The third lesson that came alive to me as I climbed Muhabura was: When you think you’ve dug deep, there is always deeper still.
The hike up Muhabura was very long and laborious. As we climbed higher and higher up the mountain, concentrating on just putting one foot in front of the other, I wondered when the journey would come to an end. Often times during the climb, I felt I had come to the end of myself, to the end of my energies, to the end of my will to go on. When I felt that overwhelming sense, I would take a short break; regain my normal breathing; tell myself I could still go on; look down below me to take in the journey I had done so far; look up above me (not too far lest I got discouraged) to take in the journey ahead of me; then I would take hold of my walking stick, hoist myself up, or ask for a helping hand from the guide or Felix, and I would get up and take a few more steps forward. I repeated this process very many times as I made my way up the mountain. When I felt that I could just not go on, that I had come to the end of myself in that regard, with no more energy to take the next step, somehow, somewhere, the next step would arise, and I would go on.
Along the way, I remembered my coach’s words to me “dig deep”. And that day as we climbed, I dug deep a lot of times.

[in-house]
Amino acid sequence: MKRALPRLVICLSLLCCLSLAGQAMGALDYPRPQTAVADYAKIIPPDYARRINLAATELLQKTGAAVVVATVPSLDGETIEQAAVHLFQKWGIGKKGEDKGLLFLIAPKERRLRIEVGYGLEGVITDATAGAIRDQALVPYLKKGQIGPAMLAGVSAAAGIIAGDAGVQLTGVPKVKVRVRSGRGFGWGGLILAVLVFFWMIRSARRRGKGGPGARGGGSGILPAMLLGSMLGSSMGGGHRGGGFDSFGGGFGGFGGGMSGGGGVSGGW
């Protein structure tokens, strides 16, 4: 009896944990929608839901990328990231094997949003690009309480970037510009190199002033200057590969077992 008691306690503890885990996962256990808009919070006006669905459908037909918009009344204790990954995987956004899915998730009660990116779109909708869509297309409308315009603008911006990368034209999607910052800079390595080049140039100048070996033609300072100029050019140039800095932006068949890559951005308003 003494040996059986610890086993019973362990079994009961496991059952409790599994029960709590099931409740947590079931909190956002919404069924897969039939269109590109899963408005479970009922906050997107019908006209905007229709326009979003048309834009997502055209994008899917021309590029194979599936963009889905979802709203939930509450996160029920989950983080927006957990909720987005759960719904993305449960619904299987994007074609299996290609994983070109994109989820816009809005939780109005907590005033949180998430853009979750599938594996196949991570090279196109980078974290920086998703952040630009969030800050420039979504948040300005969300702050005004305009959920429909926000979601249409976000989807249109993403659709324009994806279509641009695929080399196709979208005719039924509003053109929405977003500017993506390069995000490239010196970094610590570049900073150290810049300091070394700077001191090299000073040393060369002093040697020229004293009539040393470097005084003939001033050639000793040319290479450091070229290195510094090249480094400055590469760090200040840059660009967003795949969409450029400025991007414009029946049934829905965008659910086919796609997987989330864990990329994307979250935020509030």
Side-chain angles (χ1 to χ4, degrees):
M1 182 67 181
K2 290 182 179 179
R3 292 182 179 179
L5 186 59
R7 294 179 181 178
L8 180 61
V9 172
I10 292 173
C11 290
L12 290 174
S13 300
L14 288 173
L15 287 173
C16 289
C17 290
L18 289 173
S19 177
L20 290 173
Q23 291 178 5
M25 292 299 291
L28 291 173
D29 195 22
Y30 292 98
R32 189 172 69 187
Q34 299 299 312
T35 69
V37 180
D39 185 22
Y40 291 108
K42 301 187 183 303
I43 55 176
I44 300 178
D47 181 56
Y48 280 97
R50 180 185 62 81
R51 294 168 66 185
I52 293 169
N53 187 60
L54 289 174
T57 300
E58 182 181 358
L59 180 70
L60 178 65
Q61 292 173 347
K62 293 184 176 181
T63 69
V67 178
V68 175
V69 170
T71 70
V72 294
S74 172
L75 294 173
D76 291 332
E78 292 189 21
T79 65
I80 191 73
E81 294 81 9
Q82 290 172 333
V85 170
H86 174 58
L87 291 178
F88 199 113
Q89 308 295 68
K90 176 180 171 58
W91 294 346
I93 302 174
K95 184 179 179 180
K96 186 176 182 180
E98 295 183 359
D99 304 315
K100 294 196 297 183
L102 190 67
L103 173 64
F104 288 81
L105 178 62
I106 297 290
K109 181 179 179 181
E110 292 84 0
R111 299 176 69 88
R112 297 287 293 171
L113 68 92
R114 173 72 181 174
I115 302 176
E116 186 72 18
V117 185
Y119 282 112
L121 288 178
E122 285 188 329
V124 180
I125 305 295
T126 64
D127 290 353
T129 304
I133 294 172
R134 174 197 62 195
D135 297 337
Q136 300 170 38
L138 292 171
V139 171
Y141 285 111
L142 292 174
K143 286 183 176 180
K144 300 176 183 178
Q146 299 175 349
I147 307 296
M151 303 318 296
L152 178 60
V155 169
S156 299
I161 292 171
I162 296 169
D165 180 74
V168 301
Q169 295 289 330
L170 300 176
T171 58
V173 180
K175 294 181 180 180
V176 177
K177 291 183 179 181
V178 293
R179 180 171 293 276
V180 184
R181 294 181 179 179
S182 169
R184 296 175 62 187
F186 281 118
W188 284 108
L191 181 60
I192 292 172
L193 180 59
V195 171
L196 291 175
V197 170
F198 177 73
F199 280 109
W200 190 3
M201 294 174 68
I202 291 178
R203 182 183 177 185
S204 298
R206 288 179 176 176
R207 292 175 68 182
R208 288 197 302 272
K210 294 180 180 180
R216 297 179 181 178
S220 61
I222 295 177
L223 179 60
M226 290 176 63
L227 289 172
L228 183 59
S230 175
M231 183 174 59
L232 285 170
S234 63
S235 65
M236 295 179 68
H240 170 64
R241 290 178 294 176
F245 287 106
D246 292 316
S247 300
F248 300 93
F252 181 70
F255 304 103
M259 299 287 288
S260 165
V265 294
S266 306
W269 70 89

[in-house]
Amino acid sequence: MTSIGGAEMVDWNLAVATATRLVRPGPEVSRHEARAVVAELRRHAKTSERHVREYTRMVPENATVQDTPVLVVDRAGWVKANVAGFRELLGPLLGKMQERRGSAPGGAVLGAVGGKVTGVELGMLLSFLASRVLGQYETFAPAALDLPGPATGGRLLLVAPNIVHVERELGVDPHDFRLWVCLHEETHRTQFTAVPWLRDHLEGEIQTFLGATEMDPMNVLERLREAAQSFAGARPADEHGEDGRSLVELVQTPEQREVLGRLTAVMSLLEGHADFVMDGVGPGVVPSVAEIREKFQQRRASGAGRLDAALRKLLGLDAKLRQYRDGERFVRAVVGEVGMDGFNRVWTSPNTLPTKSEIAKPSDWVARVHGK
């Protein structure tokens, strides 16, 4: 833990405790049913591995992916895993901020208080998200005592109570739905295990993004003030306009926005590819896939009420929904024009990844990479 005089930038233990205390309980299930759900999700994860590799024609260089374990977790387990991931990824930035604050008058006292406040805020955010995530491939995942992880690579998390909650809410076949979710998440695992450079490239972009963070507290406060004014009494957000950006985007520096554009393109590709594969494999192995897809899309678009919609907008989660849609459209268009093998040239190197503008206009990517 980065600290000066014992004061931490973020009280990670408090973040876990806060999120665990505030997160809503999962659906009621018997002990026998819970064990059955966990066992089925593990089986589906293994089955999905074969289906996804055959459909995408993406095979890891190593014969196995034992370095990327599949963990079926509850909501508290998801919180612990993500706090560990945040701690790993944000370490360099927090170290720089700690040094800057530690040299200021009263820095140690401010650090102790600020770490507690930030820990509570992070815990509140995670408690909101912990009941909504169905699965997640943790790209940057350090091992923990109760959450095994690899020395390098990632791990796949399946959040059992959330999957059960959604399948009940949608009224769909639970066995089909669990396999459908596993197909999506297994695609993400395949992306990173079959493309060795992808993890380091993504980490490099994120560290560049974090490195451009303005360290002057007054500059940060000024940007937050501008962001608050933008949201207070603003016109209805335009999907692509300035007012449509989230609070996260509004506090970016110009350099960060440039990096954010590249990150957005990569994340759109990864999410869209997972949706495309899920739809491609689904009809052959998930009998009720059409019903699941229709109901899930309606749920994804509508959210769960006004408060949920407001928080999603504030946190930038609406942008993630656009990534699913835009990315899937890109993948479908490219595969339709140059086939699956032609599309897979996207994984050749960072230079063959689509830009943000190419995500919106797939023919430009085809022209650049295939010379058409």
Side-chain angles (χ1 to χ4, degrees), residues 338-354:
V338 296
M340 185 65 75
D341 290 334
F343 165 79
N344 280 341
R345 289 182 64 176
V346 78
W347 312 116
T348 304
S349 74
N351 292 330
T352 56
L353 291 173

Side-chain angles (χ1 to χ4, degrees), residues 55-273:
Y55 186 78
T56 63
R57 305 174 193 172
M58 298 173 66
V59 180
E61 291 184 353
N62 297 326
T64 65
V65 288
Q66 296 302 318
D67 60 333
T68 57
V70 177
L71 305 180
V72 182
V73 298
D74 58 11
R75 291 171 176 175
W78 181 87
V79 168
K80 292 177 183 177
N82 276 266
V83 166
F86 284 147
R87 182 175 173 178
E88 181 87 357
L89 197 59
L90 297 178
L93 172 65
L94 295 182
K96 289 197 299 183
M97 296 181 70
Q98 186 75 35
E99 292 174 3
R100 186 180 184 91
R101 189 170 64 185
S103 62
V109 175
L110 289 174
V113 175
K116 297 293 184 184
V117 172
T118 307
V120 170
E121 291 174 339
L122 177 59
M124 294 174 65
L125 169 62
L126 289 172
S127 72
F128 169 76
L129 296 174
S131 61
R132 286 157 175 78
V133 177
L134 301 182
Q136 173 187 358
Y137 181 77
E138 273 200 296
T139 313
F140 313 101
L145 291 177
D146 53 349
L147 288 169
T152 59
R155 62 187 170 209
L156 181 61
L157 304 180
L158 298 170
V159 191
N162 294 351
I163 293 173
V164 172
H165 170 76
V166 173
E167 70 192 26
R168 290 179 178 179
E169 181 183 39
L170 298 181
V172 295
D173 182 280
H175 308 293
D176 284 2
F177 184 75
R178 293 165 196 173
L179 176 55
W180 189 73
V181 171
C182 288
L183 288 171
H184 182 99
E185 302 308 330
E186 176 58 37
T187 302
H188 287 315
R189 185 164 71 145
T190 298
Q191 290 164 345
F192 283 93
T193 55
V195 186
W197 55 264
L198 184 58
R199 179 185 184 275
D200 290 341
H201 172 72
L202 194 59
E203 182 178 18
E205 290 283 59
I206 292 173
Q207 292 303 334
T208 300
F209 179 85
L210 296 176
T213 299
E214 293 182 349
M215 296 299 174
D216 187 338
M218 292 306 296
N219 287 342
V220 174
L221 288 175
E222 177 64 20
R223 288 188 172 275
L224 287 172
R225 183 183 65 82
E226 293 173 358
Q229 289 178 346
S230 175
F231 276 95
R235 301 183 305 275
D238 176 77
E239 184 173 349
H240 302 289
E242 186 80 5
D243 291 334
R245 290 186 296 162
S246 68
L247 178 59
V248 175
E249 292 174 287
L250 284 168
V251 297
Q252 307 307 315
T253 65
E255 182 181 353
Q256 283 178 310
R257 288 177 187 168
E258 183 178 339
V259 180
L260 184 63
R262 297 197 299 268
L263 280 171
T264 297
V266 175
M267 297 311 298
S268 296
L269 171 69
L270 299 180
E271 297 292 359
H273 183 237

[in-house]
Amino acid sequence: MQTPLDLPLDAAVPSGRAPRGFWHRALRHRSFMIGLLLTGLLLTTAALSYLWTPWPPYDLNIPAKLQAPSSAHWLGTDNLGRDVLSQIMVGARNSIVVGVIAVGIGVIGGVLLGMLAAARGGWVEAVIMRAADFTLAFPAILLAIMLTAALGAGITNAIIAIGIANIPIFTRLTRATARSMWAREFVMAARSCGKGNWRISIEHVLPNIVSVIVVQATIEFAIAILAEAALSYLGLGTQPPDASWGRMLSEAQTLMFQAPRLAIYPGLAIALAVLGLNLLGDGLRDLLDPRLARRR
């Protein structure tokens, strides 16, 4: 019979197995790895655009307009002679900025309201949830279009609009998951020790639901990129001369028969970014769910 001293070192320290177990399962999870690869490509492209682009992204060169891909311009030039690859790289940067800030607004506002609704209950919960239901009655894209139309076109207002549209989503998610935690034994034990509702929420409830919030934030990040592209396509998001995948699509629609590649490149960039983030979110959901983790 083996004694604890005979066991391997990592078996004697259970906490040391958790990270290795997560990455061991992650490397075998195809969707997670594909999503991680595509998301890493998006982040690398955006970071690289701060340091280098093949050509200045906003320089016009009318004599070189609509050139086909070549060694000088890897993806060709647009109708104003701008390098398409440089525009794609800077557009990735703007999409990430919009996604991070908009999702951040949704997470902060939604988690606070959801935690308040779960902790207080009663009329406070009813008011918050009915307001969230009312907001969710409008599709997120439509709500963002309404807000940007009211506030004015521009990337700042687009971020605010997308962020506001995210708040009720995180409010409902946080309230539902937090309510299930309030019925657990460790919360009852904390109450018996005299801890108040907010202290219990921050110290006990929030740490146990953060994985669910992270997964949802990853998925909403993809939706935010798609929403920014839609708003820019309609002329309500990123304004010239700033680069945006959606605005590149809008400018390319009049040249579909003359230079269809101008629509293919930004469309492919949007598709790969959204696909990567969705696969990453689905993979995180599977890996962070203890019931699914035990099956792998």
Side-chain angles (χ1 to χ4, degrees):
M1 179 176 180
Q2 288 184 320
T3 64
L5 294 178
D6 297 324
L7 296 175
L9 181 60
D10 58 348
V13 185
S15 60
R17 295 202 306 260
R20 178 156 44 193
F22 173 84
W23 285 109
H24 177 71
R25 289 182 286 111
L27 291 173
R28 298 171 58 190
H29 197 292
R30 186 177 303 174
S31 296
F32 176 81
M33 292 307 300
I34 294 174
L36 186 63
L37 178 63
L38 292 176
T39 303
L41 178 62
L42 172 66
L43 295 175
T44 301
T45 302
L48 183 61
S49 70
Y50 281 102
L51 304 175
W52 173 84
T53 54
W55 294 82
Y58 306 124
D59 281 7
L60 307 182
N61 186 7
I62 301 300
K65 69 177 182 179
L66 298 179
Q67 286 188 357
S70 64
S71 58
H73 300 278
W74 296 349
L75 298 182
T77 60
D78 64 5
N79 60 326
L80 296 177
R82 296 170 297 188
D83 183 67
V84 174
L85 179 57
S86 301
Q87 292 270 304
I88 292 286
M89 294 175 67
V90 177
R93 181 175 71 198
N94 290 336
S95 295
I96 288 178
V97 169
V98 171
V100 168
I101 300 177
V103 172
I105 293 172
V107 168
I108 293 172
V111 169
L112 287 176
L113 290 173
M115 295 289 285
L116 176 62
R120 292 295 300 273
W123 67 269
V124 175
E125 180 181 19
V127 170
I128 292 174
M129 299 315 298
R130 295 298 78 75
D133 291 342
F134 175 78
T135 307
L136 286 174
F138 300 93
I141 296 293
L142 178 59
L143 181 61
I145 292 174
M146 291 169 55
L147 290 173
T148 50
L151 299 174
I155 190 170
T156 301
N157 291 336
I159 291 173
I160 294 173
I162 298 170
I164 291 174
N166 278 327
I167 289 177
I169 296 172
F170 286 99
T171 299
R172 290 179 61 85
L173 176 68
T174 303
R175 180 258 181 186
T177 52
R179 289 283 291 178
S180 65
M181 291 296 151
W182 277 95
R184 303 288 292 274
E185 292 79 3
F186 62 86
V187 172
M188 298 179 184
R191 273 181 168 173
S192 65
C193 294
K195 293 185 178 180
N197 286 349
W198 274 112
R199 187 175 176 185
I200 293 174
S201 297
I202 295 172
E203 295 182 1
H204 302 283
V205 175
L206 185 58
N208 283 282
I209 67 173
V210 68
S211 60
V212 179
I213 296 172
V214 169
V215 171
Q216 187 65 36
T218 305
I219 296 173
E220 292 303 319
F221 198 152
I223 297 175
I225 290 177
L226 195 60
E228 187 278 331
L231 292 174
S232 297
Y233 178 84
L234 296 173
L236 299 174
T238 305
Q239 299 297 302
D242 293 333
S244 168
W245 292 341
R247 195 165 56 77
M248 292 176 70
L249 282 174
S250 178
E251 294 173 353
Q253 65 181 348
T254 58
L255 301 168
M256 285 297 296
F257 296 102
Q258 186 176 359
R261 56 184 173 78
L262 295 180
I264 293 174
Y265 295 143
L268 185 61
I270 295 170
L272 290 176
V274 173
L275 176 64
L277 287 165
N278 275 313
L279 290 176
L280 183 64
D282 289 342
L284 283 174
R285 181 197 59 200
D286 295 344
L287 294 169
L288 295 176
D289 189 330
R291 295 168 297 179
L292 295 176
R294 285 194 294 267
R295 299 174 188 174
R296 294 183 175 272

Mountains are long and laborious. Many times we feel like we have come to the end of our hope, the end of our will to go on or get through the challenge, we feel like we can’t go on, that giving up is easier than pressing on. It is at those points that we need to dig deep. I think God created us with an amazing spirit, and an amazing capacity for tenacity, and sometimes mountains are the only way to bring this out in us. They cause us to see just how much we have it in ourselves to overcome. You may not feel like it in the moment, in the midst of the struggle, of the hurt, of the pain, of the frustration. But it’s always there. When you think you’ve come to the end of yourself, there is always deeper still.
Sometimes it takes getting a little break, sometimes it takes crying a few tears, sometimes it takes a shift in perspective, or a shift in tactics, or a shift in self talk. Sometimes it takes a little prayer – God help me, I need you, I can’t do this on my own. Whatever you need to do to dig deep so that you can keep moving forward, do it.
Dig deep. It’s there. You’ve got it in you. It’s not yet the end.